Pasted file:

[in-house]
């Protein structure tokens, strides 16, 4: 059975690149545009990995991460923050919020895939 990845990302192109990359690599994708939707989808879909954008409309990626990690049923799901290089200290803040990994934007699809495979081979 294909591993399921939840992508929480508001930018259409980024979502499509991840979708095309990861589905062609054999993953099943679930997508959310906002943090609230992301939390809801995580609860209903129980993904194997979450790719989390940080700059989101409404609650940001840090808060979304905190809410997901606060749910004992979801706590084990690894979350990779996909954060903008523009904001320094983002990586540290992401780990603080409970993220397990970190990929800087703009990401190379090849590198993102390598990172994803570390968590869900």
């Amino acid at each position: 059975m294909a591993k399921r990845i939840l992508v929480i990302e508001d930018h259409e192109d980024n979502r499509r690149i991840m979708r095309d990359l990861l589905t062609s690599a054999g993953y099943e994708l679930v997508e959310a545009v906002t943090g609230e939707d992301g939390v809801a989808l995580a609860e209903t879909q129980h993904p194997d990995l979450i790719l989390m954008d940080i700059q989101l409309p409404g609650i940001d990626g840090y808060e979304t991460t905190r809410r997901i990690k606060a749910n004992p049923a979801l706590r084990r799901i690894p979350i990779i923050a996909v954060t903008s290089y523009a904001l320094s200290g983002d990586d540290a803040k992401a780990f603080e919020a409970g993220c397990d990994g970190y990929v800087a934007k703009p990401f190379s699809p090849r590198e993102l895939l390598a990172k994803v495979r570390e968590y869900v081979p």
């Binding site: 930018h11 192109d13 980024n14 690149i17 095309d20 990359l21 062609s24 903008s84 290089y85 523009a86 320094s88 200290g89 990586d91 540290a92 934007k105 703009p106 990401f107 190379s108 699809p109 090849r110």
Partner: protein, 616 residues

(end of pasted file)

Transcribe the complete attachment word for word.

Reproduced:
[in-house]
């Protein structure tokens, strides 16, 4: 059975690149545009990995991460923050919020895939 990845990302192109990359690599994708939707989808879909954008409309990626990690049923799901290089200290803040990994934007699809495979081979 294909591993399921939840992508929480508001930018259409980024979502499509991840979708095309990861589905062609054999993953099943679930997508959310906002943090609230992301939390809801995580609860209903129980993904194997979450790719989390940080700059989101409404609650940001840090808060979304905190809410997901606060749910004992979801706590084990690894979350990779996909954060903008523009904001320094983002990586540290992401780990603080409970993220397990970190990929800087703009990401190379090849590198993102390598990172994803570390968590869900």
């Amino acid at each position: 059975m294909a591993k399921r990845i939840l992508v929480i990302e508001d930018h259409e192109d980024n979502r499509r690149i991840m979708r095309d990359l990861l589905t062609s690599a054999g993953y099943e994708l679930v997508e959310a545009v906002t943090g609230e939707d992301g939390v809801a989808l995580a609860e209903t879909q129980h993904p194997d990995l979450i790719l989390m954008d940080i700059q989101l409309p409404g609650i940001d990626g840090y808060e979304t991460t905190r809410r997901i990690k606060a749910n004992p049923a979801l706590r084990r799901i690894p979350i990779i923050a996909v954060t903008s290089y523009a904001l320094s200290g983002d990586d540290a803040k992401a780990f603080e919020a409970g993220c397990d990994g970190y990929v800087a934007k703009p990401f190379s699809p090849r590198e993102l895939l390598a990172k994803v495979r570390e968590y869900v081979p």
């Binding site: 930018h11 192109d13 980024n14 690149i17 095309d20 990359l21 062609s24 903008s84 290089y85 523009a86 320094s88 200290g89 990586d91 540290a92 934007k105 703009p106 990401f107 190379s108 699809p109 090849r110």
Partner: protein, 616 residues